Without getting too technical, ransomware works by infecting a computer, then using modern cryptography methods to encrypt files. Once encrypted, the files cannot be decrypted without the “key” that the hackers provide when you pay them ransom. Since we are talking about encryption schemes that would take supercomputers years to break, there is (with one increasingly limited exception) no way to regain access to the encrypted files without paying for the key.
We mentioned an increasingly limited exception. A couple of years ago, when one ransomware ring was taken down by law enforcement, some of the private keys that ring used to decrypt were recovered. Thus, if the ransomware variant that infected your machine happens to be the increasingly outdated version that matches these keys, then you have a shot at getting your files back without paying the ransom. But, the hackers are very aware of this loophole, and more modern ransomware variants do not respond to the captured keys.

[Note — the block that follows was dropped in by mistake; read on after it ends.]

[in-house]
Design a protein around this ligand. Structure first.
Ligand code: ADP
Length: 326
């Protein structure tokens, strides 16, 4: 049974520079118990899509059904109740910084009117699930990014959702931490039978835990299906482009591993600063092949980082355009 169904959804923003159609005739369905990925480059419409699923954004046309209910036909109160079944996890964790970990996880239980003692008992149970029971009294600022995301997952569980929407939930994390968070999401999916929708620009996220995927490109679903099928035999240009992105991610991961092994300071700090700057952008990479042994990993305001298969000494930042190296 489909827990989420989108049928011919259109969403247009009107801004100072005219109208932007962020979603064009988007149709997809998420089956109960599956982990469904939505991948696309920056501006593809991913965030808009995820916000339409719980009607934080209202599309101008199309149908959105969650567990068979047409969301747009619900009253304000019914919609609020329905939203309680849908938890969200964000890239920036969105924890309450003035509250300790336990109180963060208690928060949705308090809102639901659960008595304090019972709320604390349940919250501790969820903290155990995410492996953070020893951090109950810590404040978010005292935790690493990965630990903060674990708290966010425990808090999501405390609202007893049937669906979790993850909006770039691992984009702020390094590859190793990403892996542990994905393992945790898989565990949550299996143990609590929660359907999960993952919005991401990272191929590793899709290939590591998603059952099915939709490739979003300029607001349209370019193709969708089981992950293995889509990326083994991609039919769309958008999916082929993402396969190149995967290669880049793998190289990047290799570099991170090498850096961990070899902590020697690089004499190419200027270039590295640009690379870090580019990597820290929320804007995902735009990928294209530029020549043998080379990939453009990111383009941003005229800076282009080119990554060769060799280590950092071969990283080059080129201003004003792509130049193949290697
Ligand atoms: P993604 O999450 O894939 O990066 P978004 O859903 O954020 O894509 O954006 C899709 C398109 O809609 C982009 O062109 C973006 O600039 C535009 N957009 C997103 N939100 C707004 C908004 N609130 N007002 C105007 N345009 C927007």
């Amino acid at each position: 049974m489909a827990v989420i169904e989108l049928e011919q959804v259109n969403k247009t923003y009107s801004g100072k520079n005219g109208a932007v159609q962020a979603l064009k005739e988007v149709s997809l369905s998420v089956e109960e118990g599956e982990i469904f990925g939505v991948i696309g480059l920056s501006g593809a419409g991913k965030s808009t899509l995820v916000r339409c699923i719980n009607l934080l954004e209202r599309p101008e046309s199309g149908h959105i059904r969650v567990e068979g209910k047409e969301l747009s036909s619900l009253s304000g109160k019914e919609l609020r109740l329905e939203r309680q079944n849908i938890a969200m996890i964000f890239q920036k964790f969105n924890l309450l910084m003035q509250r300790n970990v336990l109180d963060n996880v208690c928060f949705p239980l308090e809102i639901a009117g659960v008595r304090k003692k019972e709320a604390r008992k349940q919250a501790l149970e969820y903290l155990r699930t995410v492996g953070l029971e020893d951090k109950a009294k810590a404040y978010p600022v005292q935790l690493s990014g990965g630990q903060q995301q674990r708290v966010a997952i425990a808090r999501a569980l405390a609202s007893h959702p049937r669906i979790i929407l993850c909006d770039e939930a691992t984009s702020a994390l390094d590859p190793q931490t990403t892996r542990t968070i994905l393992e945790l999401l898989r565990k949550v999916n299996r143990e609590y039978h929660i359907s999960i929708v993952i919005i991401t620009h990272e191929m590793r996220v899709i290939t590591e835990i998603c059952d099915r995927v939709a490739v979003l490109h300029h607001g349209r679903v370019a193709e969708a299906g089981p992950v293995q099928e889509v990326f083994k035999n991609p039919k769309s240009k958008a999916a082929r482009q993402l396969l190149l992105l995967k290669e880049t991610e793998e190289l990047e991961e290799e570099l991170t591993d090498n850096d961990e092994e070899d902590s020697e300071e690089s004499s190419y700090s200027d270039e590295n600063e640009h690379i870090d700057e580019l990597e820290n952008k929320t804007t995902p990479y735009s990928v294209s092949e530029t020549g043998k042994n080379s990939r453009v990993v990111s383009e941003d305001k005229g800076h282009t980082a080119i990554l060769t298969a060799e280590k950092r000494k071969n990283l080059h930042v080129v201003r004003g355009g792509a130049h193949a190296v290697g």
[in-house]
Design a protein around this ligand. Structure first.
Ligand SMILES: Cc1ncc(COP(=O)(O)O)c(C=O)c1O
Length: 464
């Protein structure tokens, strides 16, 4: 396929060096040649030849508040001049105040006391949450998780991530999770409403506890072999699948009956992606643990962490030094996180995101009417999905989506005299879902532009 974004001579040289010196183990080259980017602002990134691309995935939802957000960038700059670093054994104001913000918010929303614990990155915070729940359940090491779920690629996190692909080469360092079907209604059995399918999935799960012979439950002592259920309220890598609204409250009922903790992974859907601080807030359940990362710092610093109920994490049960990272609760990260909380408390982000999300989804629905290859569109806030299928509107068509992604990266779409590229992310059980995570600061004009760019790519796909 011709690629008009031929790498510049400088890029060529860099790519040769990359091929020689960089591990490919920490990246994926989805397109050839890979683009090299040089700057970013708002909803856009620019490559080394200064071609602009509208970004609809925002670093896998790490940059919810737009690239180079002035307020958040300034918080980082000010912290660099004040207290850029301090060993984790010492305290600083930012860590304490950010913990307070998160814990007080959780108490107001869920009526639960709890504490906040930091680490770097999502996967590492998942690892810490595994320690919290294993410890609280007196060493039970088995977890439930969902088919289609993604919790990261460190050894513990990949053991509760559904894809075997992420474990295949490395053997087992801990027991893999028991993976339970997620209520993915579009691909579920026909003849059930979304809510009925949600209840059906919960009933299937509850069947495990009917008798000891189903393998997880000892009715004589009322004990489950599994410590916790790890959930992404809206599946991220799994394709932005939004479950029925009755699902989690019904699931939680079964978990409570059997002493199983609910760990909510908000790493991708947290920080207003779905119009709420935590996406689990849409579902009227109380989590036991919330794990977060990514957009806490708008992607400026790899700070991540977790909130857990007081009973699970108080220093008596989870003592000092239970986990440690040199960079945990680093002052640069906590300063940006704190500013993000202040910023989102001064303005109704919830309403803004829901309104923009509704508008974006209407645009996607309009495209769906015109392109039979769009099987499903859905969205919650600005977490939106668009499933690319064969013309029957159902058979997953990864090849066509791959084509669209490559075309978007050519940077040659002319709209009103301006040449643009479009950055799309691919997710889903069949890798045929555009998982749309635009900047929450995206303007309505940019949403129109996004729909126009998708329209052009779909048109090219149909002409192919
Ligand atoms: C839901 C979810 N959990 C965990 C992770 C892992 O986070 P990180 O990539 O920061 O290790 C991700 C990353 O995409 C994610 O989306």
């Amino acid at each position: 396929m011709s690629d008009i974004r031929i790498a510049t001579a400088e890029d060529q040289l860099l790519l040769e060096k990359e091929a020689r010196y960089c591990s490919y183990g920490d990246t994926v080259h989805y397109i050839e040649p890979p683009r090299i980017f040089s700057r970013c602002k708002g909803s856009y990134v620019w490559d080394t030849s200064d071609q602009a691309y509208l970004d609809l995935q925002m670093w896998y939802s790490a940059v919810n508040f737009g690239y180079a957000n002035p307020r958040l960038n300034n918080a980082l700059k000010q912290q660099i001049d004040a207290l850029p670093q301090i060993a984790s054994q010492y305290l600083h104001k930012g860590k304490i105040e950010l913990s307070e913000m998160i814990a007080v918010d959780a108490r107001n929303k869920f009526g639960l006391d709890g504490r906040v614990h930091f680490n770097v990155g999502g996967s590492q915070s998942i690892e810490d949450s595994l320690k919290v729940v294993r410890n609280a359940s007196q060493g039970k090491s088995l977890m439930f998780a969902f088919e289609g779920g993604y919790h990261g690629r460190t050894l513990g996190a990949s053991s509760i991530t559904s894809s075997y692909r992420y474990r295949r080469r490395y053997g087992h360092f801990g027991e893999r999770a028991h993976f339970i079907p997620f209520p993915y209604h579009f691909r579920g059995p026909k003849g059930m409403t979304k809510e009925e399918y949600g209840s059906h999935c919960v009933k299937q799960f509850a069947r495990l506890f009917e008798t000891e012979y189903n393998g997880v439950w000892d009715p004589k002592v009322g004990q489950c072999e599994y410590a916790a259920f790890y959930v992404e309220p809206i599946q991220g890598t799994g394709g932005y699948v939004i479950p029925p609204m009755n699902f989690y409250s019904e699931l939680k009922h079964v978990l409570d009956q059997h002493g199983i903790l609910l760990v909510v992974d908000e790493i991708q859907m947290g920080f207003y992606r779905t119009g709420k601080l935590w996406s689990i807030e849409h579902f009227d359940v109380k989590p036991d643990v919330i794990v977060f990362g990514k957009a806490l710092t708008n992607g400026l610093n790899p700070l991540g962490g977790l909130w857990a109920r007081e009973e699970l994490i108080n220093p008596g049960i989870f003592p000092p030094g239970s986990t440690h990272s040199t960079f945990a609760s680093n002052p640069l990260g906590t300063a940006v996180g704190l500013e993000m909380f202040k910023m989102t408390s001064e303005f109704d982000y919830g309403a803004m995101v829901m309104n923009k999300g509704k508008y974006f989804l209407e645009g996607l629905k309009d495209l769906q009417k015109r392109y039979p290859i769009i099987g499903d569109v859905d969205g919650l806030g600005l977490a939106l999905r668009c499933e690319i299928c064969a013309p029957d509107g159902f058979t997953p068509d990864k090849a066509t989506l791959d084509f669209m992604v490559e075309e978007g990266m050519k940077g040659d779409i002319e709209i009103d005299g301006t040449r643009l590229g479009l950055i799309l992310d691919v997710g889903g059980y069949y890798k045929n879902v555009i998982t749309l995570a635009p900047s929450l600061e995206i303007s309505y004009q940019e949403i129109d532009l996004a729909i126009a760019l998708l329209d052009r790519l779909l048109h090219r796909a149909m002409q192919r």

How Ransomware is spread
The delivery methods keep evolving, but almost all delivery mechanisms have something in common: human help. Common delivery methods include such human-machine interactions as opening infected email attachments, and visiting websites which inject the malware into the user’s machine. While even the most innocent websites can be hijacked to deliver malware, the shadier websites are the most likely to give you an unwanted infection. MORE